Noose Found Hanging at Ram Truck Assembly Plant
This is the third reported incident involving FCA workers since 2017.
Ram has contracted outside investigators to discover the source of a noose found hanging at the manufacturer's Sterling Heights Assembly Plant in Michigan. Initially found in late February, the noose is the second racist incident at the facility since late 2017, Bloomberg reports. Both occurred after the number of hourly workers at the plant increased from 3,000 to 7,000 employees.
This episode comes on the heels of other racially charged incidents at Ford and General Motors plants, making racism a hot-button issue for manufacturers as well as the United Auto Workers union. The UAW held a conference last week in Detroit and made the anti-xenophobic initiative a top priority. The union made a collective resolution stating, "A rise in recent years of incidents targeting people based on their race, gender, immigration status, or religious beliefs is impossible to ignore and requires an aggressive response."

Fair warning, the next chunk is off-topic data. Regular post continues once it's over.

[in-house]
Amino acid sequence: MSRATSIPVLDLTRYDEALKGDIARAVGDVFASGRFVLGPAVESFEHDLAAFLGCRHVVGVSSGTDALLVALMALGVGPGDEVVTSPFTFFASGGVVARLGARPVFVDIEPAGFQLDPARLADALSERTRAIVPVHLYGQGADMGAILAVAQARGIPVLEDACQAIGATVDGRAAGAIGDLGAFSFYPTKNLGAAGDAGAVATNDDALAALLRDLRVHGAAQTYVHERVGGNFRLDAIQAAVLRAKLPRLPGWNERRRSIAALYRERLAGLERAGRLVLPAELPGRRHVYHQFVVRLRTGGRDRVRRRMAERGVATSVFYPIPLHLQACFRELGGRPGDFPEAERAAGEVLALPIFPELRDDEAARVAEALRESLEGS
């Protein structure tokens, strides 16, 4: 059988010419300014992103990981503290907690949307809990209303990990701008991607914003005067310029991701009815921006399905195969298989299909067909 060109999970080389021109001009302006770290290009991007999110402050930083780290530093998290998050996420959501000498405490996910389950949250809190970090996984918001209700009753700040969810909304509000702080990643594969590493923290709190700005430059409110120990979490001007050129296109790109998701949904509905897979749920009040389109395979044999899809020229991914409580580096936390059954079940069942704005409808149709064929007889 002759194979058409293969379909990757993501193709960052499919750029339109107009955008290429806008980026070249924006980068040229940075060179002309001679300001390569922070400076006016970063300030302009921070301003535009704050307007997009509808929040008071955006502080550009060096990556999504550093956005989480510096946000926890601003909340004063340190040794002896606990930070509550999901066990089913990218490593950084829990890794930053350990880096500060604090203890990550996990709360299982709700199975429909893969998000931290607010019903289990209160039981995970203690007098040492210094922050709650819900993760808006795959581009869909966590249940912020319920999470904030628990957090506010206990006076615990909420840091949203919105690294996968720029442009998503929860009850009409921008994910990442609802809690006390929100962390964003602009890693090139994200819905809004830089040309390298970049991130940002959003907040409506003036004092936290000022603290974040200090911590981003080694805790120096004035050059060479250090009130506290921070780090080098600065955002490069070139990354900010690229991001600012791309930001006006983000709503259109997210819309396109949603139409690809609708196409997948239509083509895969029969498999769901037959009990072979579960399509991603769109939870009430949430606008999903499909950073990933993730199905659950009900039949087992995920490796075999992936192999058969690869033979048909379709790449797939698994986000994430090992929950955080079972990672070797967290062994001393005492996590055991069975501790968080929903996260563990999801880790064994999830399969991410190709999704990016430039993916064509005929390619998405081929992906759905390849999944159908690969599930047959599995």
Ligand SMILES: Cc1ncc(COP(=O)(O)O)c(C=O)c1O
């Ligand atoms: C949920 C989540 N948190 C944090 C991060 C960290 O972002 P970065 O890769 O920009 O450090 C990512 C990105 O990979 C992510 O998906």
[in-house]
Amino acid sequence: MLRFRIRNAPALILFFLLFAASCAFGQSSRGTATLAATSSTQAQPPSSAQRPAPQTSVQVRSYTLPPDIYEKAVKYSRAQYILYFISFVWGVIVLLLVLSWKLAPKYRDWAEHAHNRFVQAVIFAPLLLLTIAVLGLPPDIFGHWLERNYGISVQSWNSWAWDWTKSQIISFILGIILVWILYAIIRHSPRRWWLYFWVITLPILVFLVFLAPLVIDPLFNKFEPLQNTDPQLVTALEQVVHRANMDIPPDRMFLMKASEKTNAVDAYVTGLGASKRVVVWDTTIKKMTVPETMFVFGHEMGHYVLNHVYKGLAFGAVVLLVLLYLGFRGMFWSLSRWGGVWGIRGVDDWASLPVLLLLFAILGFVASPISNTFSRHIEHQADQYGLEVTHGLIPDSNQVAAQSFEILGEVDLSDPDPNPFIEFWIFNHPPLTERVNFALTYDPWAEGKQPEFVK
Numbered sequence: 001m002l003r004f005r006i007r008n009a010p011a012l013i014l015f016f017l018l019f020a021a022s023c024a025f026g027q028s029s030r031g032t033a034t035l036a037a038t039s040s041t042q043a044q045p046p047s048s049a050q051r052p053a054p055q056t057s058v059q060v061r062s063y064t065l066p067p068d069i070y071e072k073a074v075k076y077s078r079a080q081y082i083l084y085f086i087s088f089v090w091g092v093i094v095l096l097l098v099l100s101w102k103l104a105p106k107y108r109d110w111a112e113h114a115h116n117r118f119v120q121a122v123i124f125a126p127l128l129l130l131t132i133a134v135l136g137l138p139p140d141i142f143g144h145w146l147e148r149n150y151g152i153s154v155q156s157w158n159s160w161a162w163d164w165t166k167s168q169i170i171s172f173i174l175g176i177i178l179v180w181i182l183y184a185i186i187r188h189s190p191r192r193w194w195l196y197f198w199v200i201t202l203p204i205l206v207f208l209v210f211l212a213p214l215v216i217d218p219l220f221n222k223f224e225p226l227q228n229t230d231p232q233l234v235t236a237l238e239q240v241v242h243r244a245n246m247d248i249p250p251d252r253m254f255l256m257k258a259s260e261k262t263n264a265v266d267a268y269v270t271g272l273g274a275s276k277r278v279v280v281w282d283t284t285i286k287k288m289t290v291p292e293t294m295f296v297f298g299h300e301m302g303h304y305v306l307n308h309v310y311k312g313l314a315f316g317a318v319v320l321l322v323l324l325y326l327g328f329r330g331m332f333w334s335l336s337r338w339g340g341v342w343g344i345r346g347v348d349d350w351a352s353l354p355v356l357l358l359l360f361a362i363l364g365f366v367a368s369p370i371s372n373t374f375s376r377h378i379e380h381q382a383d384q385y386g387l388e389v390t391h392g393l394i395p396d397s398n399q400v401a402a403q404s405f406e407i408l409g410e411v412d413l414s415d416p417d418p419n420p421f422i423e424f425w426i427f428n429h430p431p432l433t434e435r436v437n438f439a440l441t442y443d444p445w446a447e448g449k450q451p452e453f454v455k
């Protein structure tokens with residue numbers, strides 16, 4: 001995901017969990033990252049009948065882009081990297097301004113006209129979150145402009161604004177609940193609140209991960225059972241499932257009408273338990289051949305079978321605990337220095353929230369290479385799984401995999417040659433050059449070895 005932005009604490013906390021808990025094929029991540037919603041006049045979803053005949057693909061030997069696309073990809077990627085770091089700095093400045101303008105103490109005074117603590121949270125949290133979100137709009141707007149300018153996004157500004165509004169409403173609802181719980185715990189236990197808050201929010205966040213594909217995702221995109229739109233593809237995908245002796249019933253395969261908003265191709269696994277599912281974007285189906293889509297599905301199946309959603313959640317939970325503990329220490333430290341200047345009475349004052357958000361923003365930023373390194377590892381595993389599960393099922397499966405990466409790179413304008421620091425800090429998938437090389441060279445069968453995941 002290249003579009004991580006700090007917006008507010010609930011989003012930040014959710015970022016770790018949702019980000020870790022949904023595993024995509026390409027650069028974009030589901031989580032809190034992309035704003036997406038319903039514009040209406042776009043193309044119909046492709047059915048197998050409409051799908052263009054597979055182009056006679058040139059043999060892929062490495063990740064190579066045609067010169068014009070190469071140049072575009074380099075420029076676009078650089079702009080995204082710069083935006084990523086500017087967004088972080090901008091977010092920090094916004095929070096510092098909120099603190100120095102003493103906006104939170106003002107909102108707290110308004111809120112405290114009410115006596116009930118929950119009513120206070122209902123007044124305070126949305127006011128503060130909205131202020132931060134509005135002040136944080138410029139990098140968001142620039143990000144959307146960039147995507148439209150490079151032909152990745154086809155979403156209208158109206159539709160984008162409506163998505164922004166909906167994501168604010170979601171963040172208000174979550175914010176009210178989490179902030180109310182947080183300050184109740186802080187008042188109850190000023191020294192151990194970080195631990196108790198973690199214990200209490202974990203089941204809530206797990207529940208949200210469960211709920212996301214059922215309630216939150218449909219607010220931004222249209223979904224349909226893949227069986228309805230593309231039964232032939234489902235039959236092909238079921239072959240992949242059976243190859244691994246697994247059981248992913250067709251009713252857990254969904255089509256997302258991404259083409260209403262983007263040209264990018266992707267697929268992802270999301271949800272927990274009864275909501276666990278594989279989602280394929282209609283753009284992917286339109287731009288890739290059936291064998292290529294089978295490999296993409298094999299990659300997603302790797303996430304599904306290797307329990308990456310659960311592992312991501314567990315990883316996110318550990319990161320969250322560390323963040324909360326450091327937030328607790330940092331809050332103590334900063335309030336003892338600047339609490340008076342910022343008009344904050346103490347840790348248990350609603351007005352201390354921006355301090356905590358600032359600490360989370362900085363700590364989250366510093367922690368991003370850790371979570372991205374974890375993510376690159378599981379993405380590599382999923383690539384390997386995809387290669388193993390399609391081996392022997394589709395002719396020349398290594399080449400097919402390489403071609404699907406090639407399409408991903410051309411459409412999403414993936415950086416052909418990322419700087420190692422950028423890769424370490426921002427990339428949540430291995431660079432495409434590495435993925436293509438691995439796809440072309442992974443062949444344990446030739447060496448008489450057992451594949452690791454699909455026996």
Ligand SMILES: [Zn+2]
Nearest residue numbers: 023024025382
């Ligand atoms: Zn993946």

Furthermore, after the noose was found between 1 a.m. and 3:30 a.m. on Feb. 22, an anonymous Facebook post was made on the UAW Local 1700 page, reading:
“We must speak up and speak out when we are aware of heinous discriminatory acts being committed by co-workers. Fear-mongering through race-based attacks and antics should not and will NOT BE TOLERATED AT SHAP [Sterling Heights Assembly Plant].”
Both Ram and its parent company Fiat Chrysler Automobiles have vehemently stood in opposition to the racist actions of the unidentified worker(s). FCA subsequently issued a public statement that denounces any supposed correlation between the aforementioned noose and the automaker's own views.
"The incident at the Sterling Heights Assembly Plant in February was the subject of an exhaustive investigation conducted by external investigators. Although we have been unable to identify the person responsible, if and when that person is identified, their relationship with the company will be terminated. FCA will continue to conduct focused training to underscore the value of diversity and inclusion," FCA said.
This saga echos that of another problematic occurrence at FCA's Toledo, Ohio plant in 2018. Local news outlet, the Toledo Blade, reported that a facility subcontractor was fired after "images of a thick, braided rope tied into a large noose began circulating on social media." A number of people and workers reportedly confirmed that the photo "was taken in the area of the plant’s paint shop."